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Freire gives Oscar-winning performance in Milan - San Remo

Oscar Freire (Rabobank) claimed his third and most emphatic victory in the Italian Classic, Milan-San Remo, on Saturday afternoon. The Spaniard positioned himself perfectly for a sprint finish from a select group of 25 riders to defeat race favourite Tom Boonen (Quick Step) and Alessandro Petacchi (Lampre-Farnese Vini).

Despite several spirited attempts by riders to get away on the ever-decisive Poggio, the favourites all regrouped in the three-kilometre dash towards the finish. Liquigas entered the final kilometre at the front, but it was a cagey Freire who benefited most from the lime green lead-out as he leapt out from third wheel to finish a bike length clear of Boonen.

"I think I deserved to win my first win Milan-San Remo because Zabel wasn't the same rider he had been," said Freire, as he compared his 2004 and 2007 wins with his latest title. "The second Milan-San Remo went really went and I did a great sprint. This year it was the same. I think I had good form. I was scared of the finish because it wasn't on the Via Roma, which I prefer. Fortunately it went well."

Snap, crackle and pop on the Poggio

The sprint finish defied pre-race predictions of late attackers being able to stay away, though, it was not for lack of trying. A nervous-looking peloton appeared willing to delay hostilities on the Cipressa, and despite a move by Alexandr Kolobnev (Katusha) towards the top of the penultimate climb, it wasn't until the Poggio that all-out war commenced.

A bold move by Yoann Offredo (Francaise des Jeux) on the descent off the Cipressa was met just kilometres later, on the Poggio, with a stampede from a Stefano Garzelli-led peloton. As the Acqua & Sapone man swung off, Michael Rogers (HTC-Columbia) tore off the front of the race, with Philippe Gilbert (Omega Pharma-Lotto) and Filippo Pozzato (Katusha) launching their own counter-attacks.

Pozzato led the race over the summit, but as he began the descent, the proximity of his rivals made it clear that a sizable group was going to make it to the finish. Vincenzo Nibali (Liquigas) led a hair-raising descent into San Remo and although he took Pozzato, Gilbert, Thor Hushovd (Cervelo TestTeam) and Matti Breschel (Saxo Bank) with him, the race once again came back together as the terrain flattened out for the final kilometres.

Freire admitted afterwards that this regrouping was key to his eventual victory. "The most difficult moment for me was on the descent of Poggio," he said. "Pozzato got a gap with five or six others. I was scared they'd stay away. Then when he attacked I knew I had to just find a good wheel because I couldn't chase him. That was the only way I could win was in a sprint."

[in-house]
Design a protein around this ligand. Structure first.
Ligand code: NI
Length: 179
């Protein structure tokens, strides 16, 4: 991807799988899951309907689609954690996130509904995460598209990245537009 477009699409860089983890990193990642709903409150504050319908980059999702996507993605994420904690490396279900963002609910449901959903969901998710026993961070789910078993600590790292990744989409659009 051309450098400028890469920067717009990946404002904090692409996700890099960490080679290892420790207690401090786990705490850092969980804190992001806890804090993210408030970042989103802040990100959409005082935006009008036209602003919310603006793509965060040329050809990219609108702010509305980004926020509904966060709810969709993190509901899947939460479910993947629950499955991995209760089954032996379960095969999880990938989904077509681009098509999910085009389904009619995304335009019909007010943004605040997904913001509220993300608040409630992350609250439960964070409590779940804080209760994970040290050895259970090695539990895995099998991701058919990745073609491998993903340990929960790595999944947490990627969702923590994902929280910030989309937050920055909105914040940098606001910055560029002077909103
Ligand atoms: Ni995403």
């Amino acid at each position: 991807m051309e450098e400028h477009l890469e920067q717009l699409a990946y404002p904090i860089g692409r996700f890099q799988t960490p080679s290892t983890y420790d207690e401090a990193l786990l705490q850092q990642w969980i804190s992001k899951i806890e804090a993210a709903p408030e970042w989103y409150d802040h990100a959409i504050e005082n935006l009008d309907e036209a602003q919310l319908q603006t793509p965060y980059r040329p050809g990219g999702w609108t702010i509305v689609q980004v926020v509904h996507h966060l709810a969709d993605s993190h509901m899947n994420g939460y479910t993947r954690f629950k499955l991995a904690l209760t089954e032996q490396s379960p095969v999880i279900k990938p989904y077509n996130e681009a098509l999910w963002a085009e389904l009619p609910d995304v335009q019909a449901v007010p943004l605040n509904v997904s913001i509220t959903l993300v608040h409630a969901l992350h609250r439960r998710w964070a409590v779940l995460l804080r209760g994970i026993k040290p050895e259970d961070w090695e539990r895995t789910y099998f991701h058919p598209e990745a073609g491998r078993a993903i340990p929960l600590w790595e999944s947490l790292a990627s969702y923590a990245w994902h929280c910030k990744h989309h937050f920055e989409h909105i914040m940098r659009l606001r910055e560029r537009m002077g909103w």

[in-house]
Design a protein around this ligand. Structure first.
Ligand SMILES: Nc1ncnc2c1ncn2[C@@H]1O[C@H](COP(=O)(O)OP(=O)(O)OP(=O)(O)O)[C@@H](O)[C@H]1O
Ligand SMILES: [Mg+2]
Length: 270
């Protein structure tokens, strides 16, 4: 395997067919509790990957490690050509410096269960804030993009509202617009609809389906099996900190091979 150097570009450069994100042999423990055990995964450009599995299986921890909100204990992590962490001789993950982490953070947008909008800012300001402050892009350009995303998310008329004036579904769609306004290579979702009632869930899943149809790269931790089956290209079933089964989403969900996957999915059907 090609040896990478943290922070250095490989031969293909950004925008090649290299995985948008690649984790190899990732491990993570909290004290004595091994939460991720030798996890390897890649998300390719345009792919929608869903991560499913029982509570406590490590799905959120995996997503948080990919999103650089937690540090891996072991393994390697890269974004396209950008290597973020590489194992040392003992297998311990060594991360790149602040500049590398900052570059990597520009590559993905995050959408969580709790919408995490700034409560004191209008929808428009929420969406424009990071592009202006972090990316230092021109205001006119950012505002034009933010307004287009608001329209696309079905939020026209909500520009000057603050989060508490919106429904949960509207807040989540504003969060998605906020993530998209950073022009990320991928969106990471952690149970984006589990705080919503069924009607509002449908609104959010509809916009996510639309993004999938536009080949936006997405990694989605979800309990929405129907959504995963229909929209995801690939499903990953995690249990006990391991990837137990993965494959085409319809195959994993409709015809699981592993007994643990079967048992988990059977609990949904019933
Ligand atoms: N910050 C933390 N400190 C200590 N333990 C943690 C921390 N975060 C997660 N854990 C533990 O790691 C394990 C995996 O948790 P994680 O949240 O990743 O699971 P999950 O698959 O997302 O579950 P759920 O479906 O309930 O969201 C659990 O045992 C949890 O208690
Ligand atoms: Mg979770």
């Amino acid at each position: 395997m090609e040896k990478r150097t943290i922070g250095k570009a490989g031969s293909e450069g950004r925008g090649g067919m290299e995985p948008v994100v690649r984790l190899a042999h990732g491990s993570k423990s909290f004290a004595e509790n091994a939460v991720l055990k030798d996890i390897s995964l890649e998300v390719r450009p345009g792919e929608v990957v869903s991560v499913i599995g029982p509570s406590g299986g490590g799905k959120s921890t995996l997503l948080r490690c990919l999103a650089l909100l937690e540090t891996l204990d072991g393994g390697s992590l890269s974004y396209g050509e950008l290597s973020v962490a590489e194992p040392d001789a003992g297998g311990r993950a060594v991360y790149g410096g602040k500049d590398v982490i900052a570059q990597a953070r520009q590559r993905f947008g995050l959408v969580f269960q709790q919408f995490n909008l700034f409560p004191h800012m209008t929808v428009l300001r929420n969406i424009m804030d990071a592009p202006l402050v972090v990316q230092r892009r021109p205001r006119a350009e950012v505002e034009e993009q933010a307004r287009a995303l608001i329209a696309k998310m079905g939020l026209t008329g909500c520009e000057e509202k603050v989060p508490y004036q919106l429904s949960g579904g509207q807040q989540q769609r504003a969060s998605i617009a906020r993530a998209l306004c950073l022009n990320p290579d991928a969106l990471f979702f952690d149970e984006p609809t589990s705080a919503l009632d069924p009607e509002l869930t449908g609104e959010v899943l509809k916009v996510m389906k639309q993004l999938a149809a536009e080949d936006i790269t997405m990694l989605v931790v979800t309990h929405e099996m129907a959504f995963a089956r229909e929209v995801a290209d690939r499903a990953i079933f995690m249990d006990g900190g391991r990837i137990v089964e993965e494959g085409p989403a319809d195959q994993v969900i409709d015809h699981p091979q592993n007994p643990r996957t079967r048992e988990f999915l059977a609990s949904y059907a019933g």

A final flourish from Nibali was answered by Pozzato, who went clear with two kilometres to go. After a moment's hesitation by the pack, Liquigas took responsibility for drawing the Italian Champion back once more as its team led the way into the final kilometre. Around a minute later, Freire slid out of their slipstream and sprinted across the line for yet another famous victory at La Classicisma.

"The statistics say that Milan-San Remo finishes more often than not in a sprint and so the sprinters have to wait for the sprint. There are always attacks, for sure, but there always are a lot of sprinters who want a sprint finish. A team like Liquigas could have done everything, go on the attack or wait for the sprint. They opted for a sprint but we all took advantage of that.

"When I started the sprint I knew I was in a good position and had good legs for it," he said. "I'd been worried about being blocked in like two years ago but this time the right people were up there for the sprint and I found the right wheel. Bennati went, but I don't think he had the legs today."

And so it begins

Just under seven hours earlier, the peloton had left a drizzly Milan for their journey to the coast. With the flag pulled in, the customary early attack followed just three kilometres down the road. Unsurprisingly, it was an all Italian affair as Fabrice Piemontesi (Androni Giocatolli), Aristide Ratti (Carmiooro NGC) and Diego Caccia (ISD-Neri) used the outskirts of Milan to make good their escape.

With almost 300 kilometres on the day's agenda, the trio were given a wide berth. Lampre-Farnese Vini, Liquigas-Doimo, Katusha and HTC-Columbia were the teams patrolling the front of the peloton behind, but their tempo was tranquil enough to allow the leaders to push out to over 22 minutes. However, as they approached the Passo del Turchino the leaders' time gap commenced its gradual retreat.

Quick Step now making themselves visible at the front of the main group, the time gap began to drop. The leaders began the climb with 16:25 and they finished it with a little over 12 minutes. There was no rush to shrink that gap further, and the leaders were still out in front on the slopes of Le Mànie, with 100 kilometres to go. But their advantage was now a meagre two minutes.

While the leaders had been making their way between the Turchino and Le Mànie, the race behind had split after a crash on the descent of the Turchino, with reigning champion Mark Cavendish caught in the latter selection. The Briton's HTC-Columbia squad immediately came to the front in order to limit the damage. While Cavendish's men set to work, Murilo Fischer (Garmin-Transitions), who had also crashed in the incident, left the race with a broken collarbone.